“Have you tried clearing your cache?”
Maybe you’ve heard this question from well-meaning peers when your browser or software isn’t acting right. But what is a cache and what does clearing it do? I’m here to help you understand this topic with some fun metaphors and give you some links with more specific resources. Read on to learn more about cookies, cache, and what clearing them does - or jump to the links at the bottom of this post for instructions on how to clear your cache in any browser.
Think of yourself as an explorer of the Internet, and that your browser is your flashlight of choice. Most flashlights will light up the way with no trouble, but sometimes it can help to switch flashlights or change out the batteries if you’re not seeing things clearly. One thing to try before you clear your cache is switching to another browser, such as hopping from Safari to Chrome.
Cookies are little files that download to your computer when browsing sites on the internet. These files can track your activity and preferences, so the site welcomes you back next time you visit by recalling what you did there. Sometimes, cookies are monitored by third parties, and it’s recommended that you clear your cookies every few weeks to keep your machine and browsing experience cleaner. I like to think of cookies as wrappers. They contain information, sometimes a few leftovers, and are ultimately discarded after use.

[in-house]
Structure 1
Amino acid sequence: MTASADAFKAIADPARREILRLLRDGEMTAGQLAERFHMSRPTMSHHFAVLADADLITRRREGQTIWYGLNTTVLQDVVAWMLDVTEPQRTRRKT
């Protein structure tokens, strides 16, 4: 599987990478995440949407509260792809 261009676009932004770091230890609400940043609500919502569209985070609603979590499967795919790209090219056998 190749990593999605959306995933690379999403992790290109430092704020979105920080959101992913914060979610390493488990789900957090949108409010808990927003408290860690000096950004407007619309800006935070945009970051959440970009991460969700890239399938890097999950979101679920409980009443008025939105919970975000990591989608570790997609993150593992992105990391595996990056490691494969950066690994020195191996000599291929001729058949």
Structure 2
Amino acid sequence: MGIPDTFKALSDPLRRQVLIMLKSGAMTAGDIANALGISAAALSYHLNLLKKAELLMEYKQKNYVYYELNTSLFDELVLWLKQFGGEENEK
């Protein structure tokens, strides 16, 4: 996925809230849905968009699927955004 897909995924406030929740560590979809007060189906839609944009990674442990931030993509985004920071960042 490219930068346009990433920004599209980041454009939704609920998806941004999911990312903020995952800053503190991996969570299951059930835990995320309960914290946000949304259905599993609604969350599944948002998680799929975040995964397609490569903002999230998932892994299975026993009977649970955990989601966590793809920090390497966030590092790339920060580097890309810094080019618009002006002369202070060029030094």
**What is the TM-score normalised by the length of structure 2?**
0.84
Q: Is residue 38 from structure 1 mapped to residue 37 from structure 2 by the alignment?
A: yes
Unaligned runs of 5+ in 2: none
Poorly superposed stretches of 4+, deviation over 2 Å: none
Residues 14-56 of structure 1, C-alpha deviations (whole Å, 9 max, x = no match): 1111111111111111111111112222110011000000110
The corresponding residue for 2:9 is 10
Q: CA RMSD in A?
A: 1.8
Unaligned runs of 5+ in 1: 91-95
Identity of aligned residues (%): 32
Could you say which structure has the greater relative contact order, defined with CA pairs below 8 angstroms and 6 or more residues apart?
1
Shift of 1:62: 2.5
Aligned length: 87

Browser caches are also known as temporary internet files, and they download content like images, data, documents and other bits of information that make browsing more efficient. When you’re at a campsite, it’s nice to have temporary chairs and a tent that can be used when visiting the site, but are later put away for use again later. Like taking down camping supplies and refreshing them before setting up again, it’s good to occasionally clear your cache too.
However, clearing cookies and cache sometimes means your passwords and other preferences will need to be re-entered or selected. In some browsers, like Chrome, you can log in and request that passwords and other personal information show up when you are signed in.
If you’d rather test something without clearing your data, do so by opening up an incognito window and trying the link there. A new incognito window has no cookies or cache stored, and is a quick way to see if you can replicate a strange behavior without emptying your cache.
In sum, clearing your cookies and cache can certainly help your machine and internet run more efficiently by removing unnecessary data. If you would like to learn how to clear your cache, we recommend checking out:
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